Homebuilders post best sales since June
Despite new-home sales down 39 percent from where they were at this time in 2022 due to elevated mortgage rates, Las Vegas area builders posted their best net sales numbers since June as they continue to slow price increases, according to Home Builders Research President Andrew Smith.
March 3, 2023 - 2:27 pm
Despite new-home sales down 39 percent from where they were at this time in 2022 because of elevated mortgage rates, Las Vegas area builders posted their best net sales numbers since June as they continue to slow price increases, according to Home Builders Research President Andrew Smith.
Calling it a “few glimmers of light shining through fog,” Smith said that while the year-over-year stats should look dismal through the first quarter of 2023 in part because the first quarter of 2022 was so strong, there has been “steady positive movement” since the start of the year.
Smith reported that 661 new home net sales — sales minus cancellations — between December and January represented an increase by 59 percent but was down 39 percent compared with January 2022. It was aided by a sharp decline in cancellations, which was below historical averages.
The weekly cancellation rate surpassed 50 percent in late November but hovered below 20 percent in January, Smith said.
“New home net sales finished January with the highest total we have reported since June 2022 and increased for the third straight month,” Smith said. “It was, however, still the lowest January net sales total we have reported since 579 in 2016. Positive signs point to improving sales through the first quarter.”
Among those positive signs is subdivision traffic increasing, Smith added. During the fall, the average traffic hovered between eight and 10 prospective buyers a week and has been reaching 14 a week in February, Smith said. Net sales hovered between 0.3 and 0.4 a week during the fall and approached one sale per subdivision a week by the end of January, and that continued into February.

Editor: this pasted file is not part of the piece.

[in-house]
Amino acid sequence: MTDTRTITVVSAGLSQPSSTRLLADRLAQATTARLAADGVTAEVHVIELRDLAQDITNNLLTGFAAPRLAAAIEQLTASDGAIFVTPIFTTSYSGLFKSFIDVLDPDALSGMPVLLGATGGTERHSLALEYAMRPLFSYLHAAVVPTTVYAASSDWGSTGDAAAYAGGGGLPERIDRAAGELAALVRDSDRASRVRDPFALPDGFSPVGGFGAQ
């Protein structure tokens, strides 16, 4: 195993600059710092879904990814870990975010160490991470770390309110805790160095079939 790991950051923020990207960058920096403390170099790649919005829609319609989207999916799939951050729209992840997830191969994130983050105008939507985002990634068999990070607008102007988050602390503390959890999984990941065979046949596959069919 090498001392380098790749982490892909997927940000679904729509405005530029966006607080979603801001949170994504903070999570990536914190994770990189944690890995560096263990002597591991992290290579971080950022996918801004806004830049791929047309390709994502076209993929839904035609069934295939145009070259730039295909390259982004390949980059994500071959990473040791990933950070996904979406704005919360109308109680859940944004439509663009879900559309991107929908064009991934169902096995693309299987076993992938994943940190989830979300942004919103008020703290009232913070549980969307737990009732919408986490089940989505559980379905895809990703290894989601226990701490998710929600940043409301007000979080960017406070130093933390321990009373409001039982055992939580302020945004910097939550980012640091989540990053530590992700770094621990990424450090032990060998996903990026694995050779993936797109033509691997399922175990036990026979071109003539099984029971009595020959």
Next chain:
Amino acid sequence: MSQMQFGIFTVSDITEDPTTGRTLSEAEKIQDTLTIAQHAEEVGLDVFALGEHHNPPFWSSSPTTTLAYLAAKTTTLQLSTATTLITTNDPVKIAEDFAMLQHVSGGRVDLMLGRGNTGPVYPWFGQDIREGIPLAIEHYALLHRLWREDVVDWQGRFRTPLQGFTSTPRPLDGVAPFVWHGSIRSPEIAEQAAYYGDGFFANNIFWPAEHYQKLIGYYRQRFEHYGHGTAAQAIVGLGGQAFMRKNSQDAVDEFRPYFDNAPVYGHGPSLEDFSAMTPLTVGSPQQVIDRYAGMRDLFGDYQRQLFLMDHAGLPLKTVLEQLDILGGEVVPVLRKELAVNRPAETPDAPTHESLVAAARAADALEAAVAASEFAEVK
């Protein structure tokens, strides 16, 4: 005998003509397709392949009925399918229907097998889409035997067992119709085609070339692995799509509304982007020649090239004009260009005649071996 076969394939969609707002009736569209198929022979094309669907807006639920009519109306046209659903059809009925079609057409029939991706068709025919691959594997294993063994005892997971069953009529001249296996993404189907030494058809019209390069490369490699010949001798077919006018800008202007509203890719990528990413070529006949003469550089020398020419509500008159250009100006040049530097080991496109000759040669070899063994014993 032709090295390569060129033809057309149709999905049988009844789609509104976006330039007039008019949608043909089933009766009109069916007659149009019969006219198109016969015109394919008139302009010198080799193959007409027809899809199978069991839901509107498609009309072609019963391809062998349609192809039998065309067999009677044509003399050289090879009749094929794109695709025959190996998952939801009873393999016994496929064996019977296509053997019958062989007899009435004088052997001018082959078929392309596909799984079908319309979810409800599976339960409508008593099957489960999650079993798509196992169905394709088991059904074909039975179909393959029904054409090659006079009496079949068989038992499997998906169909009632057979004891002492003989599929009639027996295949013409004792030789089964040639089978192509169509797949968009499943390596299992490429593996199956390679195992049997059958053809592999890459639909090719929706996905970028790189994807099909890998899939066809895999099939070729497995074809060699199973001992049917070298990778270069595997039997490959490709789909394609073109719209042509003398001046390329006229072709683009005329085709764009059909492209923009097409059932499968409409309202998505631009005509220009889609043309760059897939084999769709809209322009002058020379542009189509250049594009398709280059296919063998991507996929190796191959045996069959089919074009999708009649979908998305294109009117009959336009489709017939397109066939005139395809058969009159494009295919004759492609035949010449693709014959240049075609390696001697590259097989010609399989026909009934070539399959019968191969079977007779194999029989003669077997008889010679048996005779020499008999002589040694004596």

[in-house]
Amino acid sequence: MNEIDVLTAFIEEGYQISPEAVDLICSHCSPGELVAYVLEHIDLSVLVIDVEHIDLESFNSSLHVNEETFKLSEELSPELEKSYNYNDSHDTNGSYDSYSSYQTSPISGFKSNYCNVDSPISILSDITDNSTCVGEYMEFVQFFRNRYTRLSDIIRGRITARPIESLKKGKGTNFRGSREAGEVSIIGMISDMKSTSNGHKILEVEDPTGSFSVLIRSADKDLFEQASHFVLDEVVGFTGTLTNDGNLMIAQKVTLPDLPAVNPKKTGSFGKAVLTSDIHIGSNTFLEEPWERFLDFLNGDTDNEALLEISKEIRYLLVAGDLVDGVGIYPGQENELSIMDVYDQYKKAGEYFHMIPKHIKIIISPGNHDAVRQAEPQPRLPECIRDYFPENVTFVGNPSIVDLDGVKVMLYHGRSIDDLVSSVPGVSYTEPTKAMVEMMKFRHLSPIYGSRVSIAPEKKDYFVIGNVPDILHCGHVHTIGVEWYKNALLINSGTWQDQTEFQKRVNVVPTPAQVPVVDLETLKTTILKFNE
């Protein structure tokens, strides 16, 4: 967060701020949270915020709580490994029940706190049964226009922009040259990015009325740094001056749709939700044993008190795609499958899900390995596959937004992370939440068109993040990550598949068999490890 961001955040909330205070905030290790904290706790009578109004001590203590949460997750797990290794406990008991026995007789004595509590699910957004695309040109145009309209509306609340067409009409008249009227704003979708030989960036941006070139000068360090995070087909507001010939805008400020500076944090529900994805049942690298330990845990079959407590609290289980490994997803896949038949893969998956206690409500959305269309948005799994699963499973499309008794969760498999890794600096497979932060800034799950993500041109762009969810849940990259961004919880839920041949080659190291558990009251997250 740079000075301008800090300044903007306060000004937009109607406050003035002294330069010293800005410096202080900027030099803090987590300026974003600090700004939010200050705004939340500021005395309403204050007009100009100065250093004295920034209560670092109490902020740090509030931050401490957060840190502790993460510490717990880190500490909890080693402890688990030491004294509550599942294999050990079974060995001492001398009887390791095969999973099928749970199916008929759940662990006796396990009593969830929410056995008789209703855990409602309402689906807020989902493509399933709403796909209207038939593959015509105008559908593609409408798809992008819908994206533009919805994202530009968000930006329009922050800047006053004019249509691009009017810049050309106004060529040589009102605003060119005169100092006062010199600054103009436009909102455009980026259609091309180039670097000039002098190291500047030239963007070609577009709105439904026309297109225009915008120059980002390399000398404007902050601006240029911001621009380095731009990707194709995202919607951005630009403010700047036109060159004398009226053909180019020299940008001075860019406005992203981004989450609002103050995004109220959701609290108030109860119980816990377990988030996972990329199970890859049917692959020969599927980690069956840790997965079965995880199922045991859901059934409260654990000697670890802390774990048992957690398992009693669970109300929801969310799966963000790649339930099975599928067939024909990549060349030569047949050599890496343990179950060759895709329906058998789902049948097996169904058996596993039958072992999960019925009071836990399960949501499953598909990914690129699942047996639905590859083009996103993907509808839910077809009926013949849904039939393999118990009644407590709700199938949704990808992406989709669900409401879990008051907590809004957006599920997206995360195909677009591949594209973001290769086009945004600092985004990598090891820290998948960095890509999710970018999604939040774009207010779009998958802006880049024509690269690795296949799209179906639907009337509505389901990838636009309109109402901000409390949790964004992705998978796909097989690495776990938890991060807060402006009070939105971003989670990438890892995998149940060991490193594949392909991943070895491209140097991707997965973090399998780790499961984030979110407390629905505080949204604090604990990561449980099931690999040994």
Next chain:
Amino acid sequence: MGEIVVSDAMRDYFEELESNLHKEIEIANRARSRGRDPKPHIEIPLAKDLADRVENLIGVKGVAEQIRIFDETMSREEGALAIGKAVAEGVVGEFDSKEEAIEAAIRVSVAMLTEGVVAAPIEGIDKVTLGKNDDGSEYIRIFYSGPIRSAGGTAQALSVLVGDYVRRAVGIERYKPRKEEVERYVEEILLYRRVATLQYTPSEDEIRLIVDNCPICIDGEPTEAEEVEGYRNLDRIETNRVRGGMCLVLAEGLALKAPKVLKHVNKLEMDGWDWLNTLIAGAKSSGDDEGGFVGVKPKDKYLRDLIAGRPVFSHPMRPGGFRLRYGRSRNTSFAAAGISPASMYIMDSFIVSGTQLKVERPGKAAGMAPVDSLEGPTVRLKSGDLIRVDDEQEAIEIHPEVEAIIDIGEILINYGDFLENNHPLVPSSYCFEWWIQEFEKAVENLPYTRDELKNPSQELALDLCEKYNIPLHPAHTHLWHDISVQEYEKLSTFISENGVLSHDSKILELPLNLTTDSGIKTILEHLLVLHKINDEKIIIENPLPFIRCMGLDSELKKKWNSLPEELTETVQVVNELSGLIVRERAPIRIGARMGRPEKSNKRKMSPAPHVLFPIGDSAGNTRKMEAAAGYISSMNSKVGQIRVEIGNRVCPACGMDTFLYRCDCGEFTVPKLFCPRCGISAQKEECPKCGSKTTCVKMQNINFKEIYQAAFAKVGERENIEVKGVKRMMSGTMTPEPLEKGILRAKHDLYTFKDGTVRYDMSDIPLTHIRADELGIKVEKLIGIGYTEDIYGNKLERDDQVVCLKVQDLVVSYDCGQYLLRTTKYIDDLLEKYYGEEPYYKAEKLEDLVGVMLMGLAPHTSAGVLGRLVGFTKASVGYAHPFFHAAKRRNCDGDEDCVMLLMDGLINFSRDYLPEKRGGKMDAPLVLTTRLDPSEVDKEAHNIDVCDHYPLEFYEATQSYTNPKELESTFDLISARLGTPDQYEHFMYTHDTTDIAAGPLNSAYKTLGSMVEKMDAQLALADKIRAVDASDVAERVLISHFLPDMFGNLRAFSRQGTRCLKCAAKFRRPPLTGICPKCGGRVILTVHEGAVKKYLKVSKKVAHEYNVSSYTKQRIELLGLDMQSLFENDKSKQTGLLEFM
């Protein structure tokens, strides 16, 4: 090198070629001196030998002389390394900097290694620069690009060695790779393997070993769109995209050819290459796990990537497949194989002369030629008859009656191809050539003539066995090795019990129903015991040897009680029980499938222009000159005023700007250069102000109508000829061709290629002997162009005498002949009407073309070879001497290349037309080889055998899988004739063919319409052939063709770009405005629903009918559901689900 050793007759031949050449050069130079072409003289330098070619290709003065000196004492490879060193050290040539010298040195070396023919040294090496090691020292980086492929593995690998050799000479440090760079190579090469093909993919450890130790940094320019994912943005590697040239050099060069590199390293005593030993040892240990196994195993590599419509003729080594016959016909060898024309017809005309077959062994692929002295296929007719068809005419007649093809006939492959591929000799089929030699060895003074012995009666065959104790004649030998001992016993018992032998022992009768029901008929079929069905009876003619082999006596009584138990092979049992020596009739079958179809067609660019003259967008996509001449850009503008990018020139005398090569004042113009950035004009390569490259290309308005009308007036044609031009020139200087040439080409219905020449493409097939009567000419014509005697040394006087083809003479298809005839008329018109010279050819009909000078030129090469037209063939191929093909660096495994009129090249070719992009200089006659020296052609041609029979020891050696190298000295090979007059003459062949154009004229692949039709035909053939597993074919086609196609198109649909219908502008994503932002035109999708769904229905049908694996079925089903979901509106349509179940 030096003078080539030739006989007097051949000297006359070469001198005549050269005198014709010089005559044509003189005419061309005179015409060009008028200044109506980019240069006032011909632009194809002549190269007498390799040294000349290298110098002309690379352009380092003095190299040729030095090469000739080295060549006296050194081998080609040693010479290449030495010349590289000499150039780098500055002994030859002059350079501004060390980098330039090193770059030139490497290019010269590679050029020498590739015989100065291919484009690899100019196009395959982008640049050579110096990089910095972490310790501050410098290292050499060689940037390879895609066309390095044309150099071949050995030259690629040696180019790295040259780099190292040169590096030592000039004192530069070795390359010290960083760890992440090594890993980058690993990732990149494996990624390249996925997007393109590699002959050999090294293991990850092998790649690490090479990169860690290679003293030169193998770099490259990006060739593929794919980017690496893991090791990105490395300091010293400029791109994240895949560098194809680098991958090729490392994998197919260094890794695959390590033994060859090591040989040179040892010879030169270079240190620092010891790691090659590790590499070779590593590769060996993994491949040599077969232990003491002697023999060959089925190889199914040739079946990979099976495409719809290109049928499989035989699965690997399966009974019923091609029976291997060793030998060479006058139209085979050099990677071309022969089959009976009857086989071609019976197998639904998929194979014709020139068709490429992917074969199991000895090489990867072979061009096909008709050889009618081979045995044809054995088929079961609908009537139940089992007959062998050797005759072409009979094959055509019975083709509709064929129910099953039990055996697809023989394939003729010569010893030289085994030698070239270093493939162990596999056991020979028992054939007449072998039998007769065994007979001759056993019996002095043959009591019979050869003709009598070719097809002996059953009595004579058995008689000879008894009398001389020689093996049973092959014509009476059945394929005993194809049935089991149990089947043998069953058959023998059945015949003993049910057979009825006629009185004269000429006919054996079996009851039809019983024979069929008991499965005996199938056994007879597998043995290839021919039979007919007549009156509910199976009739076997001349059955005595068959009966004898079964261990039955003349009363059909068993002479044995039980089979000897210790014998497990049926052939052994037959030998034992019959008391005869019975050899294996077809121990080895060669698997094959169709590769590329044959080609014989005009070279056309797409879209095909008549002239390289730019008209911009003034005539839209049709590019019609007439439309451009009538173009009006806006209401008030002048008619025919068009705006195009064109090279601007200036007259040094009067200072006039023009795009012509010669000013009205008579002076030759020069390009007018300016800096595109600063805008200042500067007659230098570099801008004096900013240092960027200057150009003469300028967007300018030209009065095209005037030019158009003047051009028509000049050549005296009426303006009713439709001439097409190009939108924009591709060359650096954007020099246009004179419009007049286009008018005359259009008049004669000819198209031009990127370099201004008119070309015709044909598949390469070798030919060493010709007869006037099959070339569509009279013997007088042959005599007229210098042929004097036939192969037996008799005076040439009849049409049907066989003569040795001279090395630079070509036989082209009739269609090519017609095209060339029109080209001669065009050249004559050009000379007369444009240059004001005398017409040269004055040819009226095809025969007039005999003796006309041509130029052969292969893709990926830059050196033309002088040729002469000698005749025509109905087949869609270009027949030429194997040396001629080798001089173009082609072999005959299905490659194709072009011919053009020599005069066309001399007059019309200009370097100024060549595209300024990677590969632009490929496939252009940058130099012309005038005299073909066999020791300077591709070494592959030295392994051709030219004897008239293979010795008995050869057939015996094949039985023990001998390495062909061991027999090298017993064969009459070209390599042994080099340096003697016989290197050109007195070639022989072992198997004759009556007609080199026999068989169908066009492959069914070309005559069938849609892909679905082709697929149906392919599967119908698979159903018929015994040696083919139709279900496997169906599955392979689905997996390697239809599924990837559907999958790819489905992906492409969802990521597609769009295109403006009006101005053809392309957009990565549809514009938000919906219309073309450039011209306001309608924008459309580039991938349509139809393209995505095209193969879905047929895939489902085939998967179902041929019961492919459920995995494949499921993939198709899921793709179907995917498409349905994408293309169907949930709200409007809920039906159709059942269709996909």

“The upward trend starting at the beginning of the year is rather dramatic compared with the middling performance reported through the third and fourth quarters of 2022,” Smith said. “Historically, our benchmark for an average sales week has been 0.7 net sales per subdivision. We see that the market exceeded that level at the end of January for the first time since last May, and that performance has continued into February.”
Smith said after peaking in late May 2022, the number of active new home subdivisions has been shrinking slowly, down nearly 10 percent since then. Four new home communities opened in January with 407 lots, Smith said.
Beazer Homes has 21 lots in Arden Heights in Henderson with average base price per home of $437,000 and home size just over 2,000 square feet.
Century Communities has 81 lots at The Bluffs II in Lake Las Vegas with an average home size of 2,100 square feet and base price of $498,000.
D.R. Horton has 23 lots in Water Falls in the southwest valley where the average home size is 2,550 square feet and base price is $471,000.